applying manure in a field
MONITOR GASES: Predicting gas emissions for a given set of manure and on-site environmental conditions is difficult. Therefore, monitoring is recommended to alert workers or others of toxic conditions near manure storage facilities.

Never assume no risk when agitating manure

Field Fodder: Think safety and review potential hazards associated with handling stored manure.

By Ken Schroeder

When the spring manure hauling season begins, be sure you’re thinking about safety and reviewing potential hazards associated with handling stored manure. All too often we get caught up in the routine of farming and don’t stop to think about the danger all around us. Never assume a no-risk situation.

During manure storage, naturally occurring microorganisms in manure degrade organic material in the absence of oxygen (anaerobic conditions), producing gases such as carbon dioxide (CO2), methane (CH4), ammonia (NH3) and hydrogen sulfide (H2S). Large quantities of these gases can be trapped in manure and released upon agitation of the manure prior to pump-out. Depending on conditions, gas concentrations may reach levels hazardous to human and animal health.

What are the dangers?
CO
2 and CH4 are both odorless and colorless with the potential to displace oxygen in confined spaces, thus leading to asphyxiation. This is of greater concern in confined spaces where gas dispersion is impeded.  Methane is also explosive at concentrations of 5% to 15%. Being odorless and colorless, both these gases are impossible to detect without monitoring equipment.

NH3 can be extremely irritating to the eyes, respiratory tract and other mucous membranes. It is highly recognizable by its pungent urine odor. Depending on concentration, ammonia exposure causes symptoms from as minor as eye and nose irritation and strong coughs to as serious as airway dysfunction and death.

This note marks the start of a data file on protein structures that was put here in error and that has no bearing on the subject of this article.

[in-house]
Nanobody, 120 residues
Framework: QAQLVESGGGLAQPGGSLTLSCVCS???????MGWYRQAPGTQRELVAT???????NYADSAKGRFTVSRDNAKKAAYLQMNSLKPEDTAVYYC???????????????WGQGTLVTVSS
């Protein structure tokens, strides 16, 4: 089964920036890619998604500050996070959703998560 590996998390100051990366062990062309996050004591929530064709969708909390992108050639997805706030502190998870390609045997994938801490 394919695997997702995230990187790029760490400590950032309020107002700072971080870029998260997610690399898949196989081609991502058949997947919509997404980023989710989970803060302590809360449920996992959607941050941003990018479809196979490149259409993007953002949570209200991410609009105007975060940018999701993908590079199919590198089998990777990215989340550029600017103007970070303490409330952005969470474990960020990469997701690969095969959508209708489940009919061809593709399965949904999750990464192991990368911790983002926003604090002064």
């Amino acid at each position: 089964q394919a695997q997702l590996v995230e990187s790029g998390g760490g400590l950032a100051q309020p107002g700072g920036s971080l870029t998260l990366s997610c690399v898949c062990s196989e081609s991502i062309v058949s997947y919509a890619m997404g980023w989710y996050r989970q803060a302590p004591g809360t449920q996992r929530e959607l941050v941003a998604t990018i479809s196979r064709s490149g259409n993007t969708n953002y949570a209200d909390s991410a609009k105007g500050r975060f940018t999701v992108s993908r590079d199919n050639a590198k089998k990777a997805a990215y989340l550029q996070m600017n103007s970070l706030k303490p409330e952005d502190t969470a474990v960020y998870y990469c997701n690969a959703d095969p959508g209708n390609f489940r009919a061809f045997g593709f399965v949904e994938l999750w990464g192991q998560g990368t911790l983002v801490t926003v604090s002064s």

H2S is the manure gas of greatest concern as it has human health impacts including respiratory irritation, pulmonary edema and death at relatively low concentrations. At concentrations as low as 0.01 to 1.5 parts per million, this gas has the smell of rotten eggs. At slightly higher concentrations of 100 to 150 ppm, the nerve cells of our noses are paralyzed and we can no longer smell the gas. Concentrations of hydrogen sulfide can soar from 5 ppm to more than 500 in seconds after agitation begins. Concentrations above 600 ppm can kill an individual after taking only one or two breaths.

Recommended safety practices
Predicting gas emissions for a given set of manure and on-site environmental conditions is difficult. Therefore, monitoring is recommended to alert workers or others of toxic conditions near manure storage facilities. While asphyxiation is unlikely at the edge of a manure pit where air moves freely, monitoring for oxygen will alert workers when concentrations drop below safe levels (19.5% oxygen). Never assume a no-risk situation. Previous incidents suggest exposure of workers to toxic concentrations of H2S should be of greatest concern when agitating stored manure, even with open-air storage.

Additional precautions should be used when a farm has under-barn manure storage. This type of manure storage can produce dangerous gas concentrations in the barn, particularly when agitating, increasing health risks to animals and humans. It is highly recommended that animals and people be moved from the barn prior to agitating under-barn manure storage for the duration of agitation. Additional ventilation is also recommended for these systems.

Have an emergency response plan
It is critical to identify an emergency response plan (including an escape route) prior to agitating or working around any manure storage. This plan should be discussed with all those working at the facility, including outside contractors who might come on-site to provide services.

If a worker becomes incapacitated during an emergency situation, procedures must be in place to safely remove the downed worker(s). Procedures should not involve another person entering the potentially dangerous area without a fully self-contained breathing apparatus, as this could result in additional people being exposed.

Appropriately designed warning signs should also be posted to warn people of the risk of gases, particularly when agitating.

This is just the tip of the iceberg on manure gas safety. The recent University of Wisconsin Extension publication “Reducing Risks from Manure Storage Agitation Gases” is required reading for anyone involved with pumping and hauling manure from all manure storage systems. It can be found online at the UW Extension Agricultural Safety and Health website. Please call me at 715-346-1316 with questions or for printed copies. Safe hauling!

Schroeder is the Extension agriculture agent in Portage County, Wis.

TAGS: Livestock
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